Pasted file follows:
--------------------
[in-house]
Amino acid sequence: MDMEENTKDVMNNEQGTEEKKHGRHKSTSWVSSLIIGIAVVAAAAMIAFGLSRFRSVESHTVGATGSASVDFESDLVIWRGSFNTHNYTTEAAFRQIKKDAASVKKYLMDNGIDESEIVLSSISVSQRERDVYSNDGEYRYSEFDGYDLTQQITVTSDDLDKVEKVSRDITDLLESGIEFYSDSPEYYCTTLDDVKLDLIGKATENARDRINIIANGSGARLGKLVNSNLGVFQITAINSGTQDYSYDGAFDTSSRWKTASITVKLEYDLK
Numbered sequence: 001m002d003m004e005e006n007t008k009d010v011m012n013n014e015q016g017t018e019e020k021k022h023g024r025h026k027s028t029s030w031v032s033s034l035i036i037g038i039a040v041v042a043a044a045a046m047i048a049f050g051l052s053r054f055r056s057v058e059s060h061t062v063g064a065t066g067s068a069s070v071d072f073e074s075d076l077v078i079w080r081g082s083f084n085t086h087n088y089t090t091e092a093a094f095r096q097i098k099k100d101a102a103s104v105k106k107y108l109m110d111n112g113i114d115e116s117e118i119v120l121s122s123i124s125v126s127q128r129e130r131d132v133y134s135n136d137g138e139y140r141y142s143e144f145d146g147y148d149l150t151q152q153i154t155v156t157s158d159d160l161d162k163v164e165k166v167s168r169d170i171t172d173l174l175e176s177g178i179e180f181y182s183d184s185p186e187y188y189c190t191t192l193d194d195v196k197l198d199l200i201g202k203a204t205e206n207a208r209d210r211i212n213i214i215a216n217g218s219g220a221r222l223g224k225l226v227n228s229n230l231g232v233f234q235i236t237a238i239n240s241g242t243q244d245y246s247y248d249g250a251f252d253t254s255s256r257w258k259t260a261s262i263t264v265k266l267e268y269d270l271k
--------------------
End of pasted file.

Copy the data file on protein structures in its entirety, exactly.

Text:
[in-house]
Amino acid sequence: MDMEENTKDVMNNEQGTEEKKHGRHKSTSWVSSLIIGIAVVAAAAMIAFGLSRFRSVESHTVGATGSASVDFESDLVIWRGSFNTHNYTTEAAFRQIKKDAASVKKYLMDNGIDESEIVLSSISVSQRERDVYSNDGEYRYSEFDGYDLTQQITVTSDDLDKVEKVSRDITDLLESGIEFYSDSPEYYCTTLDDVKLDLIGKATENARDRINIIANGSGARLGKLVNSNLGVFQITAINSGTQDYSYDGAFDTSSRWKTASITVKLEYDLK
Numbered sequence: 001m002d003m004e005e006n007t008k009d010v011m012n013n014e015q016g017t018e019e020k021k022h023g024r025h026k027s028t029s030w031v032s033s034l035i036i037g038i039a040v041v042a043a044a045a046m047i048a049f050g051l052s053r054f055r056s057v058e059s060h061t062v063g064a065t066g067s068a069s070v071d072f073e074s075d076l077v078i079w080r081g082s083f084n085t086h087n088y089t090t091e092a093a094f095r096q097i098k099k100d101a102a103s104v105k106k107y108l109m110d111n112g113i114d115e116s117e118i119v120l121s122s123i124s125v126s127q128r129e130r131d132v133y134s135n136d137g138e139y140r141y142s143e144f145d146g147y148d149l150t151q152q153i154t155v156t157s158d159d160l161d162k163v164e165k166v167s168r169d170i171t172d173l174l175e176s177g178i179e180f181y182s183d184s185p186e187y188y189c190t191t192l193d194d195v196k197l198d199l200i201g202k203a204t205e206n207a208r209d210r211i212n213i214i215a216n217g218s219g220a221r222l223g224k225l226v227n228s229n230l231g232v233f234q235i236t237a238i239n240s241g242t243q244d245y246s247y248d249g250a251f252d253t254s255s256r257w258k259t260a261s262i263t264v265k266l267e268y269d270l271k